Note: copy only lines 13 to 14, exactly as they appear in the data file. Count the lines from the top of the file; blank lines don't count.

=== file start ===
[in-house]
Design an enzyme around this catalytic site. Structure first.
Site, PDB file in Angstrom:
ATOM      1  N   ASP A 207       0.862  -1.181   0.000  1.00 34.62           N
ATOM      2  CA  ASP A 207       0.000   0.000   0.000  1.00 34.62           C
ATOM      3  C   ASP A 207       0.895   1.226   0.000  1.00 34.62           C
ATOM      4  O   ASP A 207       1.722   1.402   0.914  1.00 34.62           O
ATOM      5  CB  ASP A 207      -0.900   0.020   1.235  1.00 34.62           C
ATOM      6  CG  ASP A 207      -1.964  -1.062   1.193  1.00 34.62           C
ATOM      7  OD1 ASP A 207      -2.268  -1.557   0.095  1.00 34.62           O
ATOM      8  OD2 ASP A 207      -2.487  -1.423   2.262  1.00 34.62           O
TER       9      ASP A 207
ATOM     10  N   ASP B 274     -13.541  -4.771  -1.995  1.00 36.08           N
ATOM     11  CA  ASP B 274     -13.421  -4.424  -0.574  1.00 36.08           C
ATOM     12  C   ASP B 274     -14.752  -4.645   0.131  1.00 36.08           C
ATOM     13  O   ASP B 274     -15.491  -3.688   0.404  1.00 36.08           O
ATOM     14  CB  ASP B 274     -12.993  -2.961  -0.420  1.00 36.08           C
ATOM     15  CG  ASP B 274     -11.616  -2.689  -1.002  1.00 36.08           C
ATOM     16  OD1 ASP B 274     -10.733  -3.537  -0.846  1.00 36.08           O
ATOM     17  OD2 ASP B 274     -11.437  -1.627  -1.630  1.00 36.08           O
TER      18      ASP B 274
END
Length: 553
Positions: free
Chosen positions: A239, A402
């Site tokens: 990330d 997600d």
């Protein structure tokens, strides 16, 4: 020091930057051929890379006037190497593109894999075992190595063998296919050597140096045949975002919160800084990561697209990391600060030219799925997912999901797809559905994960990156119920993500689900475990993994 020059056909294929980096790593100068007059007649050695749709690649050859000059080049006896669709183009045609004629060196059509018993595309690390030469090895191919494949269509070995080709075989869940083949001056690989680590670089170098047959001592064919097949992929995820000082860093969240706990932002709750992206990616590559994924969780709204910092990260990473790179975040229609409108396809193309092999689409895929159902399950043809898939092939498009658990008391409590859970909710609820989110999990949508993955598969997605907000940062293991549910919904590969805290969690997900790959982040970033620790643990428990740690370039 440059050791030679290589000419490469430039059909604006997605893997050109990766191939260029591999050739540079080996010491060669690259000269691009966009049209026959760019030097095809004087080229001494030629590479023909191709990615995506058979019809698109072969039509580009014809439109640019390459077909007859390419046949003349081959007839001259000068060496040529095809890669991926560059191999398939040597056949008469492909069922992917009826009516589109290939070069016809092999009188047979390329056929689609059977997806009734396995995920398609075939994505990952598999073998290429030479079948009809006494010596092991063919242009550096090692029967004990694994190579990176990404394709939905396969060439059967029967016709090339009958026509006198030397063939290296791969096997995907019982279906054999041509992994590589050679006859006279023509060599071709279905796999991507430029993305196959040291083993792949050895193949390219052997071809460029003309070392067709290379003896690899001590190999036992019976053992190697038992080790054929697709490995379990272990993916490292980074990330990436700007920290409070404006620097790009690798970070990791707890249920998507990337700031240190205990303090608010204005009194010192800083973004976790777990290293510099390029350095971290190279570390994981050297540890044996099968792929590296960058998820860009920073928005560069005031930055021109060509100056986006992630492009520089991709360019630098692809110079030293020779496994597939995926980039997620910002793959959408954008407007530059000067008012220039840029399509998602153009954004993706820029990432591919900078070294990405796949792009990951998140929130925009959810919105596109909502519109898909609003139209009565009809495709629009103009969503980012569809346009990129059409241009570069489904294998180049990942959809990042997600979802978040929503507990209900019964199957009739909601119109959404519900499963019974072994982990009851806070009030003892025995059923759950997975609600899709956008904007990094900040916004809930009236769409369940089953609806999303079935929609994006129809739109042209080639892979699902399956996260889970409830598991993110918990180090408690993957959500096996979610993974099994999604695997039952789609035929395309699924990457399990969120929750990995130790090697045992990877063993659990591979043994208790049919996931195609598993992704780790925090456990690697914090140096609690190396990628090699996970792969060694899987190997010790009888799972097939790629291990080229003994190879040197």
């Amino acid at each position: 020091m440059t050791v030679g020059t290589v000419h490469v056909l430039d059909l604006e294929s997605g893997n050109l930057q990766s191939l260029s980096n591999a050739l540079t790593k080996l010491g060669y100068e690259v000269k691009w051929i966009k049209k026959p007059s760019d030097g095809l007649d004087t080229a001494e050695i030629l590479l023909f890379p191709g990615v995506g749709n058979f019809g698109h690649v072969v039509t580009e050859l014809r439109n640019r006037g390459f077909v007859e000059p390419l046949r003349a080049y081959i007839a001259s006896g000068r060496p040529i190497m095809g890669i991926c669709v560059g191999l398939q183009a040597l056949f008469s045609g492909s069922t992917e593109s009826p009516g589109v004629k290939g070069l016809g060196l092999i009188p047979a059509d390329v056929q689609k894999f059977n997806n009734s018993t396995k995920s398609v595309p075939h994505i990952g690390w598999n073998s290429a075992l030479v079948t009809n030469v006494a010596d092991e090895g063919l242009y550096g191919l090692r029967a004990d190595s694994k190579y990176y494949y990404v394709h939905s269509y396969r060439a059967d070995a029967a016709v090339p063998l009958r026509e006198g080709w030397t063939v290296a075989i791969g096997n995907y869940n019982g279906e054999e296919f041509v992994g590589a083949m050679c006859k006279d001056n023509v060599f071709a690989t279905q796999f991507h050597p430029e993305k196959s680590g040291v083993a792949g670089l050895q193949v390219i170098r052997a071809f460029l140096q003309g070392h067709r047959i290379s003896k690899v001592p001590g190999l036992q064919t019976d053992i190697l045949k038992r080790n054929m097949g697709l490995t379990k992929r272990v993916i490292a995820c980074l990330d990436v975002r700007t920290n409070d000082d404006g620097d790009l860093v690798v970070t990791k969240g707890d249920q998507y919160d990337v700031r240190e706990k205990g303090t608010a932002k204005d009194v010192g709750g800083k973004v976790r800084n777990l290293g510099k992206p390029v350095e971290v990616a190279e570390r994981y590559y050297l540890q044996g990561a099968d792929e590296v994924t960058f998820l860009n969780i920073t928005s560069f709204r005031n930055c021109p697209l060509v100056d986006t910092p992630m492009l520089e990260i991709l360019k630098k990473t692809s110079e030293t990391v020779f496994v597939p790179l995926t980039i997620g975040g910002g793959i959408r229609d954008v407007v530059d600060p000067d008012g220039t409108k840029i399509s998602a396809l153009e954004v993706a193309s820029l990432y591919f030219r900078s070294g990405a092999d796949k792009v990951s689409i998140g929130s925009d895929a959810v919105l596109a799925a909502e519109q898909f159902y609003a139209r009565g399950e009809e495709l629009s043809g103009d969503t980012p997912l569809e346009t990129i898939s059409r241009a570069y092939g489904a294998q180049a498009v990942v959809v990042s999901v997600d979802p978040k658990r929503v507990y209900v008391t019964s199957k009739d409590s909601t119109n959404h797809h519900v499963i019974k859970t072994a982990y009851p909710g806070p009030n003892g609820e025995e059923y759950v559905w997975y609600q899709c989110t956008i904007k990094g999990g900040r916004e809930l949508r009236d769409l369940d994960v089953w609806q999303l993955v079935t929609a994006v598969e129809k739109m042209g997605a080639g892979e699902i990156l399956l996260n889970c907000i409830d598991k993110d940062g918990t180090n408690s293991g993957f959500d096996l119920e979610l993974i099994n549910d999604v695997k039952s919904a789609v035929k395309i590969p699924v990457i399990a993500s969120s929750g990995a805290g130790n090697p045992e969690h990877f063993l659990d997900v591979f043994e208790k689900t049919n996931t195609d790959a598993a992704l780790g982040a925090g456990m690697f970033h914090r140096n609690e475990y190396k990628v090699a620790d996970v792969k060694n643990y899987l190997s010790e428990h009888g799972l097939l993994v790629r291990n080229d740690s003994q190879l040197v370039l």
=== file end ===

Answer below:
ATOM     10  N   ASP B 274     -13.541  -4.771  -1.995  1.00 36.08           N
ATOM     11  CA  ASP B 274     -13.421  -4.424  -0.574  1.00 36.08           C